Summarized by Kent Larsen
Knight initiative foes gaining ground in poll
San Francisco CA Examiner 22Nov99 N1
ByAnastasia Hendrix and Zachary Coile: Examiner Staff
SAN FRANCISCO, CALIFORNIA -- A new poll by the San Francisco Examiner
and KTVU-TV indicates that support for the Knight initiative, which
would keep California from recognizing gay marriages, may be eroding
slightly. The most recent poll shows both a small reduction in the
percentage of voters that support the measure, and a smaller increase
in the number of voters that oppose it.
However, the polling firm employed by the Examiner and KTVU still
thinks that the initiative will pass, "This thing will probably
pass," said Del Ali of the Maryland-based Research 2000. "It's almost
December, its (support is) over 50 percent and it's staying there."
The vote on the proposal is scheduled for March 2000.
In the most recent poll, 51 percent of voters said they supported the
Knight initiative, down from 54 percent last June, while 39 percent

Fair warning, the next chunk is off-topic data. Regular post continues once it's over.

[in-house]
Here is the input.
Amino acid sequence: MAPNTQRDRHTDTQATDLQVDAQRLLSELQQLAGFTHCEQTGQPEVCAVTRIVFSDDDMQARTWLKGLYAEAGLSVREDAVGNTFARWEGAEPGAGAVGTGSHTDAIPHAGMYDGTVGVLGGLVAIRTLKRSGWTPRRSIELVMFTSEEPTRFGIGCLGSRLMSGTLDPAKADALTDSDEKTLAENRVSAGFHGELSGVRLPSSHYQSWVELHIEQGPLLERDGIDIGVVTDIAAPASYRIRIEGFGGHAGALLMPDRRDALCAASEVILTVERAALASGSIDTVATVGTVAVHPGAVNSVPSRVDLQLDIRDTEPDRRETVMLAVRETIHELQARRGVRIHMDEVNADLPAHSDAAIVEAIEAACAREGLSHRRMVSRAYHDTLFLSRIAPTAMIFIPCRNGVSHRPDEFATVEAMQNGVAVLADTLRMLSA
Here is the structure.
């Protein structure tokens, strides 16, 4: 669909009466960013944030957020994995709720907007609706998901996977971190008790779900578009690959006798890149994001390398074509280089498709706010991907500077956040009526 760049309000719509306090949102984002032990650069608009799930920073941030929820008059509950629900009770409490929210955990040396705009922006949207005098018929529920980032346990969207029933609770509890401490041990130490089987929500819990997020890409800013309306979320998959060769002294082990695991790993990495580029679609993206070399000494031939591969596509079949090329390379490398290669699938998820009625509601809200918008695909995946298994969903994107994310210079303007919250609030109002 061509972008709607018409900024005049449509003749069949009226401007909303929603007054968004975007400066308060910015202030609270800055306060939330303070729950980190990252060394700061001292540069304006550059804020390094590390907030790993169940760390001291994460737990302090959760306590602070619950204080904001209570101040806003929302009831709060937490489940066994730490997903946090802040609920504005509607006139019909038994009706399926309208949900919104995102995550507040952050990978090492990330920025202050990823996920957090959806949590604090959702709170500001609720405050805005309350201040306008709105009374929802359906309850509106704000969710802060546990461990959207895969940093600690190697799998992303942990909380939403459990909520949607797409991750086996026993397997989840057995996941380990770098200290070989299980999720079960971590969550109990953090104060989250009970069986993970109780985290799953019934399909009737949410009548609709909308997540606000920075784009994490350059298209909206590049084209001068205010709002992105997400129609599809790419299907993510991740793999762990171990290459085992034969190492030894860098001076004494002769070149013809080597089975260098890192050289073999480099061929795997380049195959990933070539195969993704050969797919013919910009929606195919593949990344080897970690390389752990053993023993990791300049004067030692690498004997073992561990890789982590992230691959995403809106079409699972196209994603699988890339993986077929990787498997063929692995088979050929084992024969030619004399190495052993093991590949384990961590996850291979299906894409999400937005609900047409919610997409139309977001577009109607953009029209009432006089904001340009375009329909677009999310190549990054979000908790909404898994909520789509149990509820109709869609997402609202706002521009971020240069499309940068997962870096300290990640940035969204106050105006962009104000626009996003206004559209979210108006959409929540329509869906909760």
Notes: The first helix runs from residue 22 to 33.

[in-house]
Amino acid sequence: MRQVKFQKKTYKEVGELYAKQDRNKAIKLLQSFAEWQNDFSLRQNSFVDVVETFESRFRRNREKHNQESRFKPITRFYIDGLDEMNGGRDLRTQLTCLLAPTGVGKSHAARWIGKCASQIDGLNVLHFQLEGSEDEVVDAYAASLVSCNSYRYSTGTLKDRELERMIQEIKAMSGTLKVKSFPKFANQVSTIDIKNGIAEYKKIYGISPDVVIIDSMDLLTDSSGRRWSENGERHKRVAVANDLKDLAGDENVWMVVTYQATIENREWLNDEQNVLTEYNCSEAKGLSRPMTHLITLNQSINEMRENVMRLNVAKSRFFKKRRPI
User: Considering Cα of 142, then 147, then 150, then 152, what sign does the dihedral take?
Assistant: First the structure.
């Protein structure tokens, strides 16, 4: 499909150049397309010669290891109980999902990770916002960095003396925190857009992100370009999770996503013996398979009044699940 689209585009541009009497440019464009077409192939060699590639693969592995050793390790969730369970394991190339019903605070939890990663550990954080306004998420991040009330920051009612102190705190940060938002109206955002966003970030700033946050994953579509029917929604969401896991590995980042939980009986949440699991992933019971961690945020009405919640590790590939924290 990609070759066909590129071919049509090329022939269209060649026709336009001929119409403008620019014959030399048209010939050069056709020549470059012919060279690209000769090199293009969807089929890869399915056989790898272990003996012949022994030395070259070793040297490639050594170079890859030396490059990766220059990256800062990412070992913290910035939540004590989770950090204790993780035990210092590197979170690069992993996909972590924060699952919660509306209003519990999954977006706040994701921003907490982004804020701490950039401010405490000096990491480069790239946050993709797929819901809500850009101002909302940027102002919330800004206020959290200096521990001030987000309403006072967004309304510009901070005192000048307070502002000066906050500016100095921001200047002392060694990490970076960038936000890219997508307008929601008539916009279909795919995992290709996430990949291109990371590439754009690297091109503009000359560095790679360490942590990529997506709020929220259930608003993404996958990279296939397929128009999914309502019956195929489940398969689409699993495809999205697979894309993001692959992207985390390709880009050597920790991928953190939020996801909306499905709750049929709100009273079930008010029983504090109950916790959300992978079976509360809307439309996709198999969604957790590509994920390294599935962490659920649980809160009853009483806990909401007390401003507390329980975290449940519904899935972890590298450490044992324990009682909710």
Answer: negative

opposed it, up from 38 percent. And some voters seem to have made up
their mind, but aren't saying yet how they will vote. Only 8 percent
said that they hadn't yet decided how to vote.
These poll results are in line with a recent Field Poll, conducted
last month, which found 50 percent of voters approved of the
initiative while 41 percent opposed it.
The initiative has gained notariety for donations by the Catholic
Church to the campaign and for support from the LDS Church which has
urged members to donate to support the campaign. The measure would
prohibit California from recognizing same-sex marriages legalized in
another state. While no other state currently recognizes these
marriages, either Vermont or Hawaii could recognize them if current
court cases were resolved in a way that allows them.
Opponents of the initiative say that the polls don't mean that the
initiative will pass. Mike Marshall of the No on Knight campaign was
encouraged by an increase in the number of undecided voters. That
shows that as people are beginning to hear and learn about this
initiative, clearly they have serious questions about its intent and
effect," he said.
And even supporters of the initiative are cautious, Rob Stutzman of
the Protection of Marriage Committee, which supports the initiative,
says that its too early to trust the polls, "I don't think we'll see
much movement in numbers, if at all, until there's a focused public
campaign," he said. "There's been virtually no campaign activity in
the public's eye from either side." But Stutzman expects that public
campaigning will happen after the begining of the year, "This race is
going to come down to spending, unfortunately," he said.
As of September, the Protection of Marriage Committee has raised $3
million and the No on Knight campaign recently reached the $1 million